Providing adequate and appropriate equipment, facilities and personnel.
The Health and Safety (First-Aid) Regulations 1981 require employers to provide adequate and appropriate equipment, facilities and personnel to ensure their employees receive immediate attention if they are injured or taken ill at work. These Regulations apply to all workplaces including those with less than five employees and to the self-employed.
What is 'adequate and appropriate'?
This will depend on the circumstances in the workplace. This includes whether trained first-aiders are needed, what should be included in a first-aid box and if a first-aid room is required. Employers should carry out an assessment of first-aid needs to determine what to provide.
The Regulations do not place a legal duty on employers to make first-aid provision for non-employees such as the public or children in schools. However, HSE strongly recommends that non-employees are included in an assessment of first-aid needs and that provision is made for them.
As a minimum, a low-risk workplace such as a small office should have a first-aid box and an appointed person to take charge of first-aid arrangements, such as calling the emergency services if necessary.. Workplaces where there are more significant health and safety risks are more likely to need a trained first-aider.
The first-aid assessment tool
The first-aid needs assessment tool will help employers decide what first aid arrangements are appropriate for their workplace. ABC-Resus Training personnel will work in consultation with you to complete the training needs assessment and determine the level of training required.
ABC-Resus Training provides a variety of first aid at work training dependant on budgets and the need for national accreditation. Feel rest assured that all training is delivered to the highest standard whether national accreditation is required or not. ABC-Resus Training provides you with excellence and quality as standard.
FIRST AID AT WORK COURSE CONTENTS LIST
|Emergency First Aid at Work Level 2||£90||6 HR||Read more...|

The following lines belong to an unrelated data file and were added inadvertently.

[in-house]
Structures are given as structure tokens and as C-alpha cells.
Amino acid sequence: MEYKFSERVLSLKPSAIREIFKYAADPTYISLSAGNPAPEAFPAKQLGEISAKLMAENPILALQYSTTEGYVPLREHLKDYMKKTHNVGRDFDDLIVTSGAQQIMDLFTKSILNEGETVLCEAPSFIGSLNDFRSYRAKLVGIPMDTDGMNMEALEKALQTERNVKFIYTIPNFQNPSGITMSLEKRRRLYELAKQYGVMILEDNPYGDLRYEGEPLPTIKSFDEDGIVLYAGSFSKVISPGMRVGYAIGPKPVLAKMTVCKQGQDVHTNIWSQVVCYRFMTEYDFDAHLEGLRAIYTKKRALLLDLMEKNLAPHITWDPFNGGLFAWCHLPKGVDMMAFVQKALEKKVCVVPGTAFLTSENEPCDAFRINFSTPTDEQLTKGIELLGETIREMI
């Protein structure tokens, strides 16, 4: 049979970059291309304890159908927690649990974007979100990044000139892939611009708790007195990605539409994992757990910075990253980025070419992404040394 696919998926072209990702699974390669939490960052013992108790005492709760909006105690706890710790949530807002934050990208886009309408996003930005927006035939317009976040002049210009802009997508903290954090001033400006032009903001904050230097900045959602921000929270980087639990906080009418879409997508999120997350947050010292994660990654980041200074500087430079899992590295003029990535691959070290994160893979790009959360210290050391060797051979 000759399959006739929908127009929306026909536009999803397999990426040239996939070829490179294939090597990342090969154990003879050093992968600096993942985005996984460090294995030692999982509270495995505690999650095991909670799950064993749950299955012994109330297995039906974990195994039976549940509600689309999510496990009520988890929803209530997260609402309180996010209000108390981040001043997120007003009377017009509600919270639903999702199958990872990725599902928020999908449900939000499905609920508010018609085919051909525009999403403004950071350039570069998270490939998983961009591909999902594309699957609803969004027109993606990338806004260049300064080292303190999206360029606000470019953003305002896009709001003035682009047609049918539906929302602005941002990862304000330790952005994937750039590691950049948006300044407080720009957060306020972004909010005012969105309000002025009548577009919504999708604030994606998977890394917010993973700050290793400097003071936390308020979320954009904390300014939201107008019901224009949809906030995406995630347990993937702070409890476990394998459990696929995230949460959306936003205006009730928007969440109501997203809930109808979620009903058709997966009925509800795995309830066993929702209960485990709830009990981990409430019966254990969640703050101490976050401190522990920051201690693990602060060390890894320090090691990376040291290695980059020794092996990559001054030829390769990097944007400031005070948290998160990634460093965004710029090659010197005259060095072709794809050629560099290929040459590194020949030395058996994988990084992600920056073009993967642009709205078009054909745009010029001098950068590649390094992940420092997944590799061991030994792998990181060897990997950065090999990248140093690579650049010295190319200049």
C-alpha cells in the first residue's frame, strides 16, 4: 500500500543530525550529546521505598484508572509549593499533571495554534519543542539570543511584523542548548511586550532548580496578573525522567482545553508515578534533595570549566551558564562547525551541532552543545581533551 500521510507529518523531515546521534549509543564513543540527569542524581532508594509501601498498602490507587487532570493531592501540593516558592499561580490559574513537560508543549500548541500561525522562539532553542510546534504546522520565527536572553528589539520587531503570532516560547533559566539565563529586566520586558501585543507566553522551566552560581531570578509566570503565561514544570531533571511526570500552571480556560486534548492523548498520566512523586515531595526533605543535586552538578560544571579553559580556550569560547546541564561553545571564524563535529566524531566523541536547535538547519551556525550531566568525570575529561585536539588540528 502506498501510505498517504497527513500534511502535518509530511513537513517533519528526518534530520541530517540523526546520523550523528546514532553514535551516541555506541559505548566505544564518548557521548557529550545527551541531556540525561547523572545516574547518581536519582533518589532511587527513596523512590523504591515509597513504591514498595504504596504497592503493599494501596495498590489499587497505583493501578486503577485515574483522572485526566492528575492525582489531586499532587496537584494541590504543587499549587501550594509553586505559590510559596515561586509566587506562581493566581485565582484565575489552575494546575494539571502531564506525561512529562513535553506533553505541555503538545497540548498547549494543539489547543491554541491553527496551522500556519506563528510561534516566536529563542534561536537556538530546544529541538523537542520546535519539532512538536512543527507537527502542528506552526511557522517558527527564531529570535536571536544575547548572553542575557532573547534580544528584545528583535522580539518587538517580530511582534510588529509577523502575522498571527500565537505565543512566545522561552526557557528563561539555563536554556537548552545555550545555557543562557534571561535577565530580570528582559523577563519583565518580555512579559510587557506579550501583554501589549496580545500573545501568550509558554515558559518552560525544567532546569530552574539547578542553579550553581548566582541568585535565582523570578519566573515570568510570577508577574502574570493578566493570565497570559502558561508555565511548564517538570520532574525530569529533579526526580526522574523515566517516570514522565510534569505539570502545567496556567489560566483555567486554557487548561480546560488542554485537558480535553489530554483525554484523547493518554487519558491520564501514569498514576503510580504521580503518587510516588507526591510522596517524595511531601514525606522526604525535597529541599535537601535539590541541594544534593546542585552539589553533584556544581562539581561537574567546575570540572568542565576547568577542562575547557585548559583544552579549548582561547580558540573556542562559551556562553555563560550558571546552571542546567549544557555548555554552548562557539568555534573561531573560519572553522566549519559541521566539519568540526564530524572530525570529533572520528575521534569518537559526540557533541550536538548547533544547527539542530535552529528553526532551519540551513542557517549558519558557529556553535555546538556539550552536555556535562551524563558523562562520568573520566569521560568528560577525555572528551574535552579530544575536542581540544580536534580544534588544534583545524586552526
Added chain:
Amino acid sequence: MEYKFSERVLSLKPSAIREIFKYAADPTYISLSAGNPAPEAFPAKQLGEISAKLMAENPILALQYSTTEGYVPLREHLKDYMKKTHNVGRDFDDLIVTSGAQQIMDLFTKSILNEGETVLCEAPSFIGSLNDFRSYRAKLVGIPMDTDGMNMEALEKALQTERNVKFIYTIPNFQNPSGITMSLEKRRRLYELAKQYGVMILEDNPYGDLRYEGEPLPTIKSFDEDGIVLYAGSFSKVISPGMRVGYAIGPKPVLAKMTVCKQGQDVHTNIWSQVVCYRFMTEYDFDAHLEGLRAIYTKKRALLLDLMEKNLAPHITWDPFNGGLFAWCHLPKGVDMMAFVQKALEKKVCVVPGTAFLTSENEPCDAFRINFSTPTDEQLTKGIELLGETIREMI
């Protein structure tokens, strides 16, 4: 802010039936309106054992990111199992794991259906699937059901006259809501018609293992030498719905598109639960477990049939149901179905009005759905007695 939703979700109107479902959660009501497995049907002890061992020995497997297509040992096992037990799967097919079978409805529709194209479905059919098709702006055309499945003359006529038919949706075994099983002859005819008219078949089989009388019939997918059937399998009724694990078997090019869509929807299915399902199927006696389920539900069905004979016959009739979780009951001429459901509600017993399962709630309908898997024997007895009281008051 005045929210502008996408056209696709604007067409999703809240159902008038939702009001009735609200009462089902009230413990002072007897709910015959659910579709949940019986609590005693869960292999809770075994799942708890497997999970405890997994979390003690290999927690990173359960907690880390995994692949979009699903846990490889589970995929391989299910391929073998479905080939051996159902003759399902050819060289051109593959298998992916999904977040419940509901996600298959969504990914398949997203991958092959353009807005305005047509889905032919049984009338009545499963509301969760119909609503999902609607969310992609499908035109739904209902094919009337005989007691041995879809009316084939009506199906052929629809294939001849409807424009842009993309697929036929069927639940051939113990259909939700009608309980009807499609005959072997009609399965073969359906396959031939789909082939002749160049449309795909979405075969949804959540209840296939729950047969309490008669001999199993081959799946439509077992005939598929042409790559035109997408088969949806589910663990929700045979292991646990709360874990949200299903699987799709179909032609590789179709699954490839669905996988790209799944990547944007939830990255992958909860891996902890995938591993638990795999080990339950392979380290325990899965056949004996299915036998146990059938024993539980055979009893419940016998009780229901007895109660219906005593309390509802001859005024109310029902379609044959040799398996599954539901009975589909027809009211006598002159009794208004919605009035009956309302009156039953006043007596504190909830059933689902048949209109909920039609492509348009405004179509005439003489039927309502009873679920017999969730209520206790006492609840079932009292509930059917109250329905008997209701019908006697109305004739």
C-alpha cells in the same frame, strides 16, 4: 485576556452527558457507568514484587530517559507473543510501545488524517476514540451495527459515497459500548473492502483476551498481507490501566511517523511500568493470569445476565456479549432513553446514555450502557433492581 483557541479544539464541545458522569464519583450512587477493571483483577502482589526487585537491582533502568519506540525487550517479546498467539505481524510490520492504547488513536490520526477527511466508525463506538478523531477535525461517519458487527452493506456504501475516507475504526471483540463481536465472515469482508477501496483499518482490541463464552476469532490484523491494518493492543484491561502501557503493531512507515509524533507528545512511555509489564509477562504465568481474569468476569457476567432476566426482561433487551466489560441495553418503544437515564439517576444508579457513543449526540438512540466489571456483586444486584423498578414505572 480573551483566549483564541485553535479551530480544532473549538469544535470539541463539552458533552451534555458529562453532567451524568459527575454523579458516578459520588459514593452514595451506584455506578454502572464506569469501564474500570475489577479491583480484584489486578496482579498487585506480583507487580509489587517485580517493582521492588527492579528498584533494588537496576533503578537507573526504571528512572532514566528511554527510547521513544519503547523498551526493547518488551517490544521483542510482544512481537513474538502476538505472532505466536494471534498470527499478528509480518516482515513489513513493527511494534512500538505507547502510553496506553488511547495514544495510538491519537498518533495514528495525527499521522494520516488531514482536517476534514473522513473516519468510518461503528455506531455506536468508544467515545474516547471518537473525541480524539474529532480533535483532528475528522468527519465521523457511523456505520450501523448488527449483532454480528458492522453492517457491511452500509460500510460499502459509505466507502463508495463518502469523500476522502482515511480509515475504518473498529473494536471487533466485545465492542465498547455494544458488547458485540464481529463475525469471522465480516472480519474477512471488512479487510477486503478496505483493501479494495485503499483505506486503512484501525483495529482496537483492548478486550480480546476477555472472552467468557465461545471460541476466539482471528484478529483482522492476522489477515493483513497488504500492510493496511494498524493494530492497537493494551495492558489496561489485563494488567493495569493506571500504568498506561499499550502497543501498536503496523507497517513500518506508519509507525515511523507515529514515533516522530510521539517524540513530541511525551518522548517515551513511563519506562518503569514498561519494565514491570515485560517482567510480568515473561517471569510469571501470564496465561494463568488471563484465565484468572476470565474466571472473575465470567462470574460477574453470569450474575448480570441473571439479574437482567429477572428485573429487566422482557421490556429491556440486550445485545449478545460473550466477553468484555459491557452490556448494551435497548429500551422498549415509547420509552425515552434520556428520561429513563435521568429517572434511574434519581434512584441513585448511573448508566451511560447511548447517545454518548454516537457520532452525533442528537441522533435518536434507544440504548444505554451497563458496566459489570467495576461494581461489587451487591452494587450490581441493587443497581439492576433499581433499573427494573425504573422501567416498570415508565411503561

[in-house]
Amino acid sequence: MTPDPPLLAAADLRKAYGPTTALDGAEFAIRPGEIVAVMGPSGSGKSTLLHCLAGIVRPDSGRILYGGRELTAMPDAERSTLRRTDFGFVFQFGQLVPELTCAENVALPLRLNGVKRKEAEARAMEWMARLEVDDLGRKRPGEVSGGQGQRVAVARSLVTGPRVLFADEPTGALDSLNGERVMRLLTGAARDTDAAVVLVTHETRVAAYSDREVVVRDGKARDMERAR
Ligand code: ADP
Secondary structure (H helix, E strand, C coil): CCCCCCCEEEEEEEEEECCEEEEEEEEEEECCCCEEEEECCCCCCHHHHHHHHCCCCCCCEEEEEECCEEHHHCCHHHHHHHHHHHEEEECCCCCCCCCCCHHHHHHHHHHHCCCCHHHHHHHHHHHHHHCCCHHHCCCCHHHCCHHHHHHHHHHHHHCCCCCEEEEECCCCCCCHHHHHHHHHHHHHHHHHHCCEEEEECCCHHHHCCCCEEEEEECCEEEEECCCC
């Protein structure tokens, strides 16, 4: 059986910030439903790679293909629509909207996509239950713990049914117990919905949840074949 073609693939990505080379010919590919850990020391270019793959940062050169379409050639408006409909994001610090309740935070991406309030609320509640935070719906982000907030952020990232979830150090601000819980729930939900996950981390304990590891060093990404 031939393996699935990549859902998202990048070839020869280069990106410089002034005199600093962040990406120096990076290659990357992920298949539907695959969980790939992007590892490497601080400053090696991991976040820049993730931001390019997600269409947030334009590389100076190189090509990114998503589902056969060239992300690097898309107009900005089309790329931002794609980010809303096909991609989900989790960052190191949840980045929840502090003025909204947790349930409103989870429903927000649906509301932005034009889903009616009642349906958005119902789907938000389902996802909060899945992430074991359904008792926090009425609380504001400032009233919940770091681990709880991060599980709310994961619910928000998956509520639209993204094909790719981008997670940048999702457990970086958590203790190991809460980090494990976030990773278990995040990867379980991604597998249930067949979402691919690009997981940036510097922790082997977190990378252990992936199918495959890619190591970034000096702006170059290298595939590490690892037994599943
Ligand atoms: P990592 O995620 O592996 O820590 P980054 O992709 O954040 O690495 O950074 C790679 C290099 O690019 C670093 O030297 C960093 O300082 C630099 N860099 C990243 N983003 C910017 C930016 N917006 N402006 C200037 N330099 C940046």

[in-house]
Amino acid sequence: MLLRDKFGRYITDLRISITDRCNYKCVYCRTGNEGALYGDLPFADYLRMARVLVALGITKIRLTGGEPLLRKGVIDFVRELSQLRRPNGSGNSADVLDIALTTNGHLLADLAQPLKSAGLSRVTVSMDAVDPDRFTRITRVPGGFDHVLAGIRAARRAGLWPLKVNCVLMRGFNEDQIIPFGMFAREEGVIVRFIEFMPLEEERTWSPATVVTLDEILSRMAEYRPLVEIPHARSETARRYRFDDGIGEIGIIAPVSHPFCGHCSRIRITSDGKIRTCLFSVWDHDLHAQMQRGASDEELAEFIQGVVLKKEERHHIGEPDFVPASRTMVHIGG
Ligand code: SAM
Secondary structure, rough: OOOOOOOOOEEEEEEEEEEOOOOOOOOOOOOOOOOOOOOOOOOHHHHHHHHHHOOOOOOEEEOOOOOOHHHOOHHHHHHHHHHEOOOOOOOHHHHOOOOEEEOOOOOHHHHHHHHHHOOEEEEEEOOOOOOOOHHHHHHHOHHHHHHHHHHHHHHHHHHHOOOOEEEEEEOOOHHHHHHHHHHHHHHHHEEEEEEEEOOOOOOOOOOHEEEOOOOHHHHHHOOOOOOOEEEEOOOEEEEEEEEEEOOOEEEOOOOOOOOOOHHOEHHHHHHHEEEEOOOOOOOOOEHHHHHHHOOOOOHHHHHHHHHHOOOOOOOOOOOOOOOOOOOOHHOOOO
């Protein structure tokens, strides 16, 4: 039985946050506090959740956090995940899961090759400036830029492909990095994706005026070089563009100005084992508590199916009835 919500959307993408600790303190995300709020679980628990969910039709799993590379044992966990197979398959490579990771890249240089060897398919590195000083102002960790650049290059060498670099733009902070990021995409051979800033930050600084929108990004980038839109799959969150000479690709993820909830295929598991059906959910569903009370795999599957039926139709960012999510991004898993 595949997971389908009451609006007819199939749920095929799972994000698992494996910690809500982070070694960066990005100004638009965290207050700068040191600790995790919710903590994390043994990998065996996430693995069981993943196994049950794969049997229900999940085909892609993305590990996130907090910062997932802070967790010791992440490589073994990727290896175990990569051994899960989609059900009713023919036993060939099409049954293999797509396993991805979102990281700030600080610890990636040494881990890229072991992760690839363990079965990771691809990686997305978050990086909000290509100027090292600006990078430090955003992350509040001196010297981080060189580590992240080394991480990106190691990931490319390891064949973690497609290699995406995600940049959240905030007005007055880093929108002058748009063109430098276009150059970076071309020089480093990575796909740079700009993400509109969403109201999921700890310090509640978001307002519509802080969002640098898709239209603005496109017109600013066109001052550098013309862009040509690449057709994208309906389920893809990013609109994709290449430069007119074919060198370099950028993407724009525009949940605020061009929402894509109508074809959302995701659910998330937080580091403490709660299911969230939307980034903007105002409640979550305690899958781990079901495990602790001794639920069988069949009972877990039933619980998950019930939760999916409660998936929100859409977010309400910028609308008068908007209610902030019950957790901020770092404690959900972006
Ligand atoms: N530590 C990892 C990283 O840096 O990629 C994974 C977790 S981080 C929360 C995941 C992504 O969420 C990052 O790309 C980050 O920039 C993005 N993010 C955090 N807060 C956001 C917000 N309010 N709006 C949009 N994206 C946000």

First Aid at Work QCF Level 3
|£320||18 HR||Read more...|
Paediatric First Aid QCF Level 2 Full Qual
|£190||18 HR||Read more...|
|Paediatric First Aid||£150||12 HR||Read more...|
FAW Re-qual QCF Level 3
|£170||12 HR||Read more...|
|£150||12 HR||Read more...|
|Activity First Aid Level 2||£190||12 HR||Read more...|
|Read more for course content and pre-requisites|
What is the difference between QCF Levels of First Aid and non-QCF training?
The QCF qualifications are a choice that an employer may make, they are not mandatory for insurance terms but ensure that quality is present in the training and employers may choose this to ensure they are compliant with the Health & Safety at Work Act and for other quality controls they have such as the ISO scheme. The HSE have released a guide to employers on seeking first aid training which basically states that that Employers are free to choose whomever they wish, but they need to ensure that quality, content and qualifications of the deliverer are up to specification.
They mention that if the Employer chooses QCF qualifications then they need to show no other due diligence, if they choose a non-QCF provider then they need to look into the qualifications of the provider, the resources, course content and suitability. ABC-Resus Training provides quality and excellence as standard whether in delivery of QCF or non-QCF levels of training. Contact ABC-Resus Training for further information.
HSE First Aid Box Low Risk:
As a guide, where work activities involve low hazards, a minimum stock of first-aid items might be:
- First aid leaflet giving general guidance
- 20 sterile plasters (assorted sizes)
- X2 sterile eye pads
- X2 triangular bandages
- X6 safety pins
- X2 large sterile wound dressings
- x6 medium-sized sterile wound dressings
- 3 pairs of disposable gloves